Pension Underfunding at Historic High

December 30, 2003

New research from S&P shows pension underfunding in the S&P 500 grew to a record $259 billion in 2003 despite up market.
New York - December 30, 2003.   Standard & Poor's released research from its Investment Services division showing that pension funding continued to deteriorate through 2003 despite a strong stock market. Although the market was up this year for the first time since 1999, pension underfunding in the S&P 500 grew to a record $259 billion from $212 billion in 2002.

Even though the S&P 500 total return for 2003 will likely be in excess of 25% for the year, and pension funds have boosted their assets by $112 billion to $1,063 billion from $951 billion at year-end 2002, they still fall below the 2001 year-end value of $1,089 billion.  Pension obligations however have soared to a year-end projection of  $1,323 billion, up $160 billion from the 2002 close of $1,163 billion.  The result is a deepening of pension under-funding to the $259 billion level from $212 billion a year earlier.

Funding status to market value remained nearly unchanged at -2.58% from -2.62% in 2002.  By contrast, in 1999 S&P 500 funds were over-funded, with the surplus representing 2.30% of total market value.  2003 under-funding represents 60% of 2003 GAAP earnings-per-share. 

"Despite the short-fall, companies on aggregate have sufficient proceeds, both on hand and via the capital markets, to meet current pension obligations, but the current situation is an investor concern," said Howard Silverblatt, equity market analyst, Standard & Poor's. 

"Investors need to assess the full obligations of a company, where the required funds will come from and how any shift in expenditures will affect future growth," Silverblatt added.   'This year many companies will post a pension loss due to the accounting smoothing effect, when they actually had a gain. This will muddy the actual pension situation."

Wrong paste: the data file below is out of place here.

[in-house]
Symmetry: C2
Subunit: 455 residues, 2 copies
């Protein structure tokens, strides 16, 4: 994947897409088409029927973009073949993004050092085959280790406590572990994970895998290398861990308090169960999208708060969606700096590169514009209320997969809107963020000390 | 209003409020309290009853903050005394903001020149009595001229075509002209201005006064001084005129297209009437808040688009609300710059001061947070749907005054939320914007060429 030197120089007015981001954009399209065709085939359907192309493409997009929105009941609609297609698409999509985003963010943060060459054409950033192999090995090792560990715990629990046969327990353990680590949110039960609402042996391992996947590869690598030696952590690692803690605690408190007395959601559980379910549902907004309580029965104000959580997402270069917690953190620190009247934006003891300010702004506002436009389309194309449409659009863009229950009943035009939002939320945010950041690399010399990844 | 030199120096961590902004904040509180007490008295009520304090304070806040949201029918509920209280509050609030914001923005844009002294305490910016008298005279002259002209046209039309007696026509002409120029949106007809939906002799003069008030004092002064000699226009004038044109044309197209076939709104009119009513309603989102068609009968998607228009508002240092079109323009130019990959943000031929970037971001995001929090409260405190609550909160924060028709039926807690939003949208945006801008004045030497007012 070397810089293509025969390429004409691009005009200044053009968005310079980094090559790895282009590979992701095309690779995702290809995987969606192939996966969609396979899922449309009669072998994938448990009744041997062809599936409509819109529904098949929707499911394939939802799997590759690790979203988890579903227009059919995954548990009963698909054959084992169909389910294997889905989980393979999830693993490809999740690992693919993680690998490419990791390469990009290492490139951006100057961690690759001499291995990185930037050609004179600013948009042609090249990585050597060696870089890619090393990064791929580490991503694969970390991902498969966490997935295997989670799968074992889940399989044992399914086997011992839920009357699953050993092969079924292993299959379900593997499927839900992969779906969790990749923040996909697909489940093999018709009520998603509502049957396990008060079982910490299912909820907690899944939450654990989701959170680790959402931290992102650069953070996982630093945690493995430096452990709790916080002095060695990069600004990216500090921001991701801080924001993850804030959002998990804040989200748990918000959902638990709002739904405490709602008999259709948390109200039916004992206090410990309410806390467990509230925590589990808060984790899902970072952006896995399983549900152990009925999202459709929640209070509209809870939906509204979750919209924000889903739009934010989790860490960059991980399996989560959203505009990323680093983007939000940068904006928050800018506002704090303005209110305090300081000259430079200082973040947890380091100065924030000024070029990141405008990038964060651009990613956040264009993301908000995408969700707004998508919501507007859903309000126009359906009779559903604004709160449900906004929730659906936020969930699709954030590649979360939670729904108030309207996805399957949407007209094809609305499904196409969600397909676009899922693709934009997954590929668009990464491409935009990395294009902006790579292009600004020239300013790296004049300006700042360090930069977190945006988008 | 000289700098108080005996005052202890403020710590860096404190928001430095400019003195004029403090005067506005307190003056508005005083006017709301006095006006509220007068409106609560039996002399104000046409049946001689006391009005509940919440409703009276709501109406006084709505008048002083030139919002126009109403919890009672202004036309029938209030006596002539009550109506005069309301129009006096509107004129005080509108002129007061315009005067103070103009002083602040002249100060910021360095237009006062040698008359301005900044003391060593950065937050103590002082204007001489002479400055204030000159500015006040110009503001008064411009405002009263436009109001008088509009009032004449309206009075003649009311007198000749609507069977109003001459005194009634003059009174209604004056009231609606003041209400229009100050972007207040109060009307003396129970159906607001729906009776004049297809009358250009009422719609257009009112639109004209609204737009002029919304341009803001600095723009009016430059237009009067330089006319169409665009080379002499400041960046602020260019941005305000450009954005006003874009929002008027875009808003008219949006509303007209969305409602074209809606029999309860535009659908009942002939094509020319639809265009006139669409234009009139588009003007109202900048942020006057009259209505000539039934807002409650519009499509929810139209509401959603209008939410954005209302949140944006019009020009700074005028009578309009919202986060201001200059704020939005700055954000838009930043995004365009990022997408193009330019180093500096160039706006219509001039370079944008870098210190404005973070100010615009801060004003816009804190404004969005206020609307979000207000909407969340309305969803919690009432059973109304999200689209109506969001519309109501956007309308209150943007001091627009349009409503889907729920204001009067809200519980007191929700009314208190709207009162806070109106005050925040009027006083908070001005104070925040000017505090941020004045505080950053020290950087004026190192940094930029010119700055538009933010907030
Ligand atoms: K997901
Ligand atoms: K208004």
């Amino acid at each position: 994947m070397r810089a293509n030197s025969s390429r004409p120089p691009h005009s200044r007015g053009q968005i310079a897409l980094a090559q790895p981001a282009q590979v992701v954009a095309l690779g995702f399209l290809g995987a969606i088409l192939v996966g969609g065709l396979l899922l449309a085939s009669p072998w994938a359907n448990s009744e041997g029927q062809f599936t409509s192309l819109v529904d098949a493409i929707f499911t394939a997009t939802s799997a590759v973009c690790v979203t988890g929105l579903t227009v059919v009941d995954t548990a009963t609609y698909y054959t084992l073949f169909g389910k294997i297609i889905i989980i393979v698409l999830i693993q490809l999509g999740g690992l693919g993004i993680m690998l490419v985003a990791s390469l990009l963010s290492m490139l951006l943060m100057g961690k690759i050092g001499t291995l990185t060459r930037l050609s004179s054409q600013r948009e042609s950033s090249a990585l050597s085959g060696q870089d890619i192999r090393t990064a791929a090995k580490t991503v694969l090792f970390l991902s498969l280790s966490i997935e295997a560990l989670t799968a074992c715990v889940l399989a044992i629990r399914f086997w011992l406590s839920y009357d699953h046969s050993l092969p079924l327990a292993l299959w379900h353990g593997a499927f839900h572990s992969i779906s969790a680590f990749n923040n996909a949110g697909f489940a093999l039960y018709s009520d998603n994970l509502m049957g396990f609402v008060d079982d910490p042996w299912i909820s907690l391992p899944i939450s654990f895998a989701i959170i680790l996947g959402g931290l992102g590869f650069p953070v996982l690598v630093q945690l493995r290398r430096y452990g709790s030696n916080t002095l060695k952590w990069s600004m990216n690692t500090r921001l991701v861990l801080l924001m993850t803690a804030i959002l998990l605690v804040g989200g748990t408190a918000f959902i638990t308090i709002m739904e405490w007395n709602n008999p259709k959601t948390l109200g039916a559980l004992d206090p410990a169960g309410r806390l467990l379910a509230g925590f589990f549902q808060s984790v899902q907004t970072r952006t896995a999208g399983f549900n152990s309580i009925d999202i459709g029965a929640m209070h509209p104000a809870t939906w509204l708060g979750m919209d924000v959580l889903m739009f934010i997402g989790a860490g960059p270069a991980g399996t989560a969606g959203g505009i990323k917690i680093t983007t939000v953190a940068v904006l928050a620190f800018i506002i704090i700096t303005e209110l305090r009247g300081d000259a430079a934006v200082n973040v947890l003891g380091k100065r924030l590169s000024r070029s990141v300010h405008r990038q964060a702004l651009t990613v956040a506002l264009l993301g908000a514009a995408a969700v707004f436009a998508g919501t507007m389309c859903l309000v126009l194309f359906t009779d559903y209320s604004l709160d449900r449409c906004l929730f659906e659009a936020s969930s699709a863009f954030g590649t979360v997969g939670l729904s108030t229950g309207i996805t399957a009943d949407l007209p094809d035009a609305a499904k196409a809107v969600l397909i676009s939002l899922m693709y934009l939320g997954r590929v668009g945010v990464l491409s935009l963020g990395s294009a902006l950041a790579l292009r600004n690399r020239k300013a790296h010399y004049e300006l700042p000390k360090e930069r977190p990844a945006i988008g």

Starting with this year's annual reports, investors will get some additional information from a new Financial Accounting Standards Board (FASB) rule that requires companies to disclose asset allocations, investment strategies, and contributions.  Starting next June, companies will also have to report future benefit payments. 

"Investors need to familiarize themselves with these values and tables, and understand what these figures mean for company growth," Silverblatt said.

While noting that Congress adjourned this year without passing any pension legislation, Silverblatt said, 'Looking forward to 2004, with predicted total returns of 12% for the S&P 500, and current interest levels expected to head slightly upward, 2004 funding should improve, but pensions will continue to remain under-funded for next year.'

S&P 500 HISTORICAL SUMMARY PENSION DATA - Values in $ Billions unless otherwise noted

Year-end

Pension Assets

Projected Benefit Obligations

Pension Fund Status

S&P 500 Market Value

S&P 500 GAAP Income

Pension Status % of GAAP Income

Pension Obligations % of S&P Market Value

Fund Status % of S&P 500 Market Value

2003 Est.

1063

1323

-259

10042

430

-60.38%

13.17%

-2.58%

2002

951

1163

-212

8107

254

-83.50%

14.35%

-2.62%

2001

1089

1090

-1

10463

225

-0.54%

10.42%

-0.01%

2000

1239

1015

224

11715

444

50.38%

8.67%

1.91%

1999

1278

995

283

12315

404

70.15%

8.08%

2.30%

Source: STANDARD & POOR'S QUANTITATIVE SERVICES

 Congress will again address the issue when it returns in January. Pending pension calculation changes would adjust the funding levels as well as the discount methodology, but would not affect benefits.  

 

 

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